Most underrated NFL players on all 32 teams | NFC
With the AFC out of the way, who are the most underrated players in the NFC?
Arizona Cardinals: Kelvin Beachum, OT
Despite his incredibly high waist — seriously, check out his build — Kelvin Beachum has been one of the most underrated tackles in the NFL. He has started every game he has played in since 2014 (with four different franchises). Beachum has lined up at both left and right tackle but displayed superior play on the right side last year for the Cardinals. He is not a dominant run blocker, but Kyler Murray appreciates his pass-blocking prowess.
Atlanta Falcons: Russell Gage, WR
Russell Gage flashed his receiving skill in 2019 but burst onto the scene in 2020. With Julio Jones sidelined due to injury, Gage exploded for 72 receptions, 786 yards, and 4 touchdowns. I am not claiming he is the next star receiver by any means. But he warrants the respect of defenses and fans alike. If the Falcons eventually trade Jones, Gage may see 100-plus targets yet again next season, even with the addition of uber-talented TE Kyle Pitts.
Carolina Panthers: Brian Burns, EDGE
Although Brian Burns is not an under-the-radar prospect anymore, he still does not garner enough attention. Hailing from Florida State, Burns was the fifth edge rusher taken in the 2019 NFL Draft. While Nick Bosa has already cemented himself as the best of the group, Burns is firmly in second.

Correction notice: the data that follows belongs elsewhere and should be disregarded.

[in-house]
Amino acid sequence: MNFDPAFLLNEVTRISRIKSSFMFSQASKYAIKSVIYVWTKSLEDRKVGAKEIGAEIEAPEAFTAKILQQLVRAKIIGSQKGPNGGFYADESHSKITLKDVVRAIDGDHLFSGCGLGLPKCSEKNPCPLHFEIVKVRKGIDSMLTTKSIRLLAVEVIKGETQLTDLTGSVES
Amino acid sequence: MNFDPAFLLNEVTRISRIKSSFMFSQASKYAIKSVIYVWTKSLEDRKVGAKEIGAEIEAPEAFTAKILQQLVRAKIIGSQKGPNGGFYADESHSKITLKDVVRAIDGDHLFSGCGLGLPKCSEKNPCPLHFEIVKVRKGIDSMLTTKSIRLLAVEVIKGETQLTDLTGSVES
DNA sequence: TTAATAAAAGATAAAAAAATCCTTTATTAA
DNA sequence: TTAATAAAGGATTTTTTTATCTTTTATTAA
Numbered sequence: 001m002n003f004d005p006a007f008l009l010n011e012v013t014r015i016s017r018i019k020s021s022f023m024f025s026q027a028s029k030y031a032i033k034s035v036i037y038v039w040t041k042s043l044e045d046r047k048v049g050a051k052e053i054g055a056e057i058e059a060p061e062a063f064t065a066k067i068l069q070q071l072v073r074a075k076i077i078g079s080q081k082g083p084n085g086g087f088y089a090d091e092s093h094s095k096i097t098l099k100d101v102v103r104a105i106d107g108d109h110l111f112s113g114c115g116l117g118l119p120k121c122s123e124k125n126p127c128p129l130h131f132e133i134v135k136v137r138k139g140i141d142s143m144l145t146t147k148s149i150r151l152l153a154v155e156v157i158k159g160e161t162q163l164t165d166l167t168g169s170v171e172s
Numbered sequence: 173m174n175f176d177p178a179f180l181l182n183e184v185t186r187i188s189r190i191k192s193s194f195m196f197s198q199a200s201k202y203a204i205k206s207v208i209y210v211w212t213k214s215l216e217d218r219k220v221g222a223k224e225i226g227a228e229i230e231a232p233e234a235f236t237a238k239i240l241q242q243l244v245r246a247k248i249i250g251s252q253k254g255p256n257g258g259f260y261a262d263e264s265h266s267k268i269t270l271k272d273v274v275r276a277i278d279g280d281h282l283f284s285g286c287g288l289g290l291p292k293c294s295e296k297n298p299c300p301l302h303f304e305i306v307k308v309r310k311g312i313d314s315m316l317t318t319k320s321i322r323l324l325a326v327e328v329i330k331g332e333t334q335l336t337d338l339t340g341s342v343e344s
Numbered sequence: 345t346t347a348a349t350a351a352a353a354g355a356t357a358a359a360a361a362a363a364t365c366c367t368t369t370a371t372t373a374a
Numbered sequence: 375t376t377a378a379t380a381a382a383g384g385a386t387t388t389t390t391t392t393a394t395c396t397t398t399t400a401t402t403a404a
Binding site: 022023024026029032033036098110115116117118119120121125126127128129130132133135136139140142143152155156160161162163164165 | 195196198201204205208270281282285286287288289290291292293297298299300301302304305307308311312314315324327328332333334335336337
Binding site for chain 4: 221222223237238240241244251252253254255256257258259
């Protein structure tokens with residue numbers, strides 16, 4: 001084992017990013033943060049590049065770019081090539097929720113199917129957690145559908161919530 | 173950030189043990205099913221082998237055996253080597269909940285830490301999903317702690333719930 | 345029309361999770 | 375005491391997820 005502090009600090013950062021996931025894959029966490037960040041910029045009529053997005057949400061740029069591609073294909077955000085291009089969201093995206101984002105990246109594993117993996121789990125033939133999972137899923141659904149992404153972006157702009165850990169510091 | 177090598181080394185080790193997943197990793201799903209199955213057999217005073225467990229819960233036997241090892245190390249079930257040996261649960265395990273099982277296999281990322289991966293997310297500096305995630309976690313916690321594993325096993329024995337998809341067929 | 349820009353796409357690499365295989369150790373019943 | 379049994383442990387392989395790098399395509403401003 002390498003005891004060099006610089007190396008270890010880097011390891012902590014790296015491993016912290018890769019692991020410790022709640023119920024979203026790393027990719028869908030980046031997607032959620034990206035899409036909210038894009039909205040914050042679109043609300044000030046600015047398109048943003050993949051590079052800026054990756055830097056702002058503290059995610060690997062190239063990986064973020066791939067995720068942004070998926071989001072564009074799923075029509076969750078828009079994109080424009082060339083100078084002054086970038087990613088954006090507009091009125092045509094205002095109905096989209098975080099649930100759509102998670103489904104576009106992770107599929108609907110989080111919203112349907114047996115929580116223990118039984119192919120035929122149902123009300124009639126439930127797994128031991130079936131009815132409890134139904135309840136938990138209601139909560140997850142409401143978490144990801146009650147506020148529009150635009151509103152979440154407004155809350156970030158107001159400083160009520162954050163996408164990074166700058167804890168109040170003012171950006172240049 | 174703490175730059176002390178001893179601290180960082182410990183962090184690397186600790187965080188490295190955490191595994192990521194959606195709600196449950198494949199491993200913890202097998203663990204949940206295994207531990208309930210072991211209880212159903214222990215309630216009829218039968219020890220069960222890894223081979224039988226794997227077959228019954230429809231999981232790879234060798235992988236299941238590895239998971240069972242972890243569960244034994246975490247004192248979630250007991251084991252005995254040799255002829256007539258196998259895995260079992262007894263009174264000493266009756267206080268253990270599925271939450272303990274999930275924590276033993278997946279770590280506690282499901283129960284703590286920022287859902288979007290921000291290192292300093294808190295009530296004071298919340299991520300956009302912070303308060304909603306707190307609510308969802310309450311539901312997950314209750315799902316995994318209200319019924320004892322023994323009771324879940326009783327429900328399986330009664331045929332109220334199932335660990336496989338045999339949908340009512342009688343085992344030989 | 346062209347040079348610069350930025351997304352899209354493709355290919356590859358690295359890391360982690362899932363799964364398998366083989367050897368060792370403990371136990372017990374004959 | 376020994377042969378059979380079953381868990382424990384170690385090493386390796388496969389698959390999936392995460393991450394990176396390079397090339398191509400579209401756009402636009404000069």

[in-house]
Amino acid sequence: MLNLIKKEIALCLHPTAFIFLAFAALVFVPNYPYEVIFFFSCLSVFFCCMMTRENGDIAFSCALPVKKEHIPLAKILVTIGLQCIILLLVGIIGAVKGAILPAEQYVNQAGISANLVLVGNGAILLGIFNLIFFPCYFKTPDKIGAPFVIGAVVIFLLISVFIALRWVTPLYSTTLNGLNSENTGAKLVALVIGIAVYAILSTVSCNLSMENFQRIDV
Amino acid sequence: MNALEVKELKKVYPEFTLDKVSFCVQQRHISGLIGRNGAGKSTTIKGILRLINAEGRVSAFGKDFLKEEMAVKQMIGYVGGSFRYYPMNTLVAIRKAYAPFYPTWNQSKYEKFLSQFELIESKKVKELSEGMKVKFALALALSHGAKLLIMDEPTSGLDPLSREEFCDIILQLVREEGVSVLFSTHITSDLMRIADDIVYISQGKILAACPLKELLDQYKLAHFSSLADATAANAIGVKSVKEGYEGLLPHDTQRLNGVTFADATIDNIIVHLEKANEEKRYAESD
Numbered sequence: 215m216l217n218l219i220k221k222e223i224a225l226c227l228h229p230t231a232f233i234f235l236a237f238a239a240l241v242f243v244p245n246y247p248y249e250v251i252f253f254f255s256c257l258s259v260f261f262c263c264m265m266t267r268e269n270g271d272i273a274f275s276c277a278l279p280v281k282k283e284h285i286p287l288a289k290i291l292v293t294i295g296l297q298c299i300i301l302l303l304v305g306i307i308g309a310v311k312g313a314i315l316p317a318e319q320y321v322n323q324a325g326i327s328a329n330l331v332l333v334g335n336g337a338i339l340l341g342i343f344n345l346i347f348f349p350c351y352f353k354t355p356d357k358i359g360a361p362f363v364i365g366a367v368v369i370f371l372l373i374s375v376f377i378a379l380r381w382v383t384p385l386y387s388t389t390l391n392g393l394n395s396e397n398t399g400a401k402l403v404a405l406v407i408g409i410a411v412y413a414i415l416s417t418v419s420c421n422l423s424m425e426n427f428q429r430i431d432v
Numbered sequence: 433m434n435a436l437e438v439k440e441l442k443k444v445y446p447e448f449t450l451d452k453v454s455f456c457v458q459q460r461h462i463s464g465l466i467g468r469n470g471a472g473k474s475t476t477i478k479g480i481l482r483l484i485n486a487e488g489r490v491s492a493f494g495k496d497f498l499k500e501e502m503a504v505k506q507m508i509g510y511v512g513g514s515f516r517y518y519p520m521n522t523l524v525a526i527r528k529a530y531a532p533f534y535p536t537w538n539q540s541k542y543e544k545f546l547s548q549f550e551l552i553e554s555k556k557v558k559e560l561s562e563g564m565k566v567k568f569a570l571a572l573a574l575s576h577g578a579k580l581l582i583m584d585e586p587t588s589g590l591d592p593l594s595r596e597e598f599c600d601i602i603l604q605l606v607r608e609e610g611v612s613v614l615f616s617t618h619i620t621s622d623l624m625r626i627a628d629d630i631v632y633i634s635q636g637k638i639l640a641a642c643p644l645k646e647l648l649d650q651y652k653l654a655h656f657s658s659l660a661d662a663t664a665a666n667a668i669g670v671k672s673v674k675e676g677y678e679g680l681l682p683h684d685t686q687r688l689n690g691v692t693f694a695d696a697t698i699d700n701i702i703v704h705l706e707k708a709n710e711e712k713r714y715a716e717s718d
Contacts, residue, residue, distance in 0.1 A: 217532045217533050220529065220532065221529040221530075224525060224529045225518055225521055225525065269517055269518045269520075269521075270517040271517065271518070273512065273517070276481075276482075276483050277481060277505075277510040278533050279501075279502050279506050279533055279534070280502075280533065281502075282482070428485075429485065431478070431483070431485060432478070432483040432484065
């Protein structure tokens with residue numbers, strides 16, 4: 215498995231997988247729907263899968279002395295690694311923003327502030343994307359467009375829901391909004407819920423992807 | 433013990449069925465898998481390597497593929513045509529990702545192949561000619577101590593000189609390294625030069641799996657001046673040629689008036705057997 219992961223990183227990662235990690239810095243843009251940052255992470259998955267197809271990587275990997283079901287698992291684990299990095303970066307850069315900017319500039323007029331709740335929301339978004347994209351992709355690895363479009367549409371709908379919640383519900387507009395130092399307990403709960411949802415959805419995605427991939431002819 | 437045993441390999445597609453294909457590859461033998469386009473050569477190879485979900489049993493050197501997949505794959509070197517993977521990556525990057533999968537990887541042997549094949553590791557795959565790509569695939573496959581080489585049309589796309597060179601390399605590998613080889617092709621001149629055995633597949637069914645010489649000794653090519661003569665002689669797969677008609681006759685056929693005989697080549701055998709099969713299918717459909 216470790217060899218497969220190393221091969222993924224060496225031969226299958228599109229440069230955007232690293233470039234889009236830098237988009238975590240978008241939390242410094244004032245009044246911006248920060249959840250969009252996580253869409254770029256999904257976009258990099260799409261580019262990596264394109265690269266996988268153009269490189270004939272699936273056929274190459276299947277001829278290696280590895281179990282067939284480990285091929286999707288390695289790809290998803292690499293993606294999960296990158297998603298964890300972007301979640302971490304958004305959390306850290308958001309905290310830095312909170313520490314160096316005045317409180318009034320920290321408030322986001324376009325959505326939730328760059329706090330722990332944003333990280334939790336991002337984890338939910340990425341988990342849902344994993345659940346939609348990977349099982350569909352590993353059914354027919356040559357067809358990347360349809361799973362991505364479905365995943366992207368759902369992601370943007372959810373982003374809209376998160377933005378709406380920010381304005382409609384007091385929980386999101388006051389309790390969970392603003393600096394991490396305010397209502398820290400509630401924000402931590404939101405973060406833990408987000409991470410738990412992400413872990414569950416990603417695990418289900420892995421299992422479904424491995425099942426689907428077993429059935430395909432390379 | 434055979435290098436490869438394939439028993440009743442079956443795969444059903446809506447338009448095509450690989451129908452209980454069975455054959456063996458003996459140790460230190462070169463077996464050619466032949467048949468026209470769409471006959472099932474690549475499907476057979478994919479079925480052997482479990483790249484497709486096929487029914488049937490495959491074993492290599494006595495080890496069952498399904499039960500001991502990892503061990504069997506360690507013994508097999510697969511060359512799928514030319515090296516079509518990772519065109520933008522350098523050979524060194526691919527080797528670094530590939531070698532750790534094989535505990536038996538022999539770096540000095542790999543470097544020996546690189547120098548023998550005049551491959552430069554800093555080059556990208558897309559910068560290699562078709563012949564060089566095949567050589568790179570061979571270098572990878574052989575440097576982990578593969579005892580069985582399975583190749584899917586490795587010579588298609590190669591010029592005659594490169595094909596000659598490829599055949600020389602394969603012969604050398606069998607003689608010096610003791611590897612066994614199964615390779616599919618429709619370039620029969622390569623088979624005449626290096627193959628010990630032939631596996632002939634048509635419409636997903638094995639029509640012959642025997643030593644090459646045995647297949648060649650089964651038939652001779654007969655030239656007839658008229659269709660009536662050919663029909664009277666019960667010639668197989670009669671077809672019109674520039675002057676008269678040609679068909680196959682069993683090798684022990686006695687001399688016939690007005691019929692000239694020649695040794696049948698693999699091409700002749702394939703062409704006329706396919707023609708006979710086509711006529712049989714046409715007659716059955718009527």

Succeeding a productive rookie campaign, Burns put his talent on full display in 2020. The Panthers’ young defensive star logged 58 total tackles, 8 tackles for loss, 21 QB hits, and 9 sacks. Expect the former Seminole to torture NFC tackles for years to come.
Chicago Bears: Bilal Nichols, DL
Outside of devoted Bears fans and maybe some Madden players, Bilal Nichols is relatively unknown. The 2018 fifth-rounder began his career as a defensive end but kicked inside to nose tackle as Eddie Goldman opted out in 2020. Nichols excelled in his first year in a new role, posting 40 combined tackles, 7 tackles for loss, 13 QB hits, and 5 sacks (second on the team behind Khalil Mack).
Goldman’s return can stunt Nichols’ growth next season, but the 24-year-old should maintain a steady appearance in the defense.
Dallas Cowboys: Dalton Schultz, TE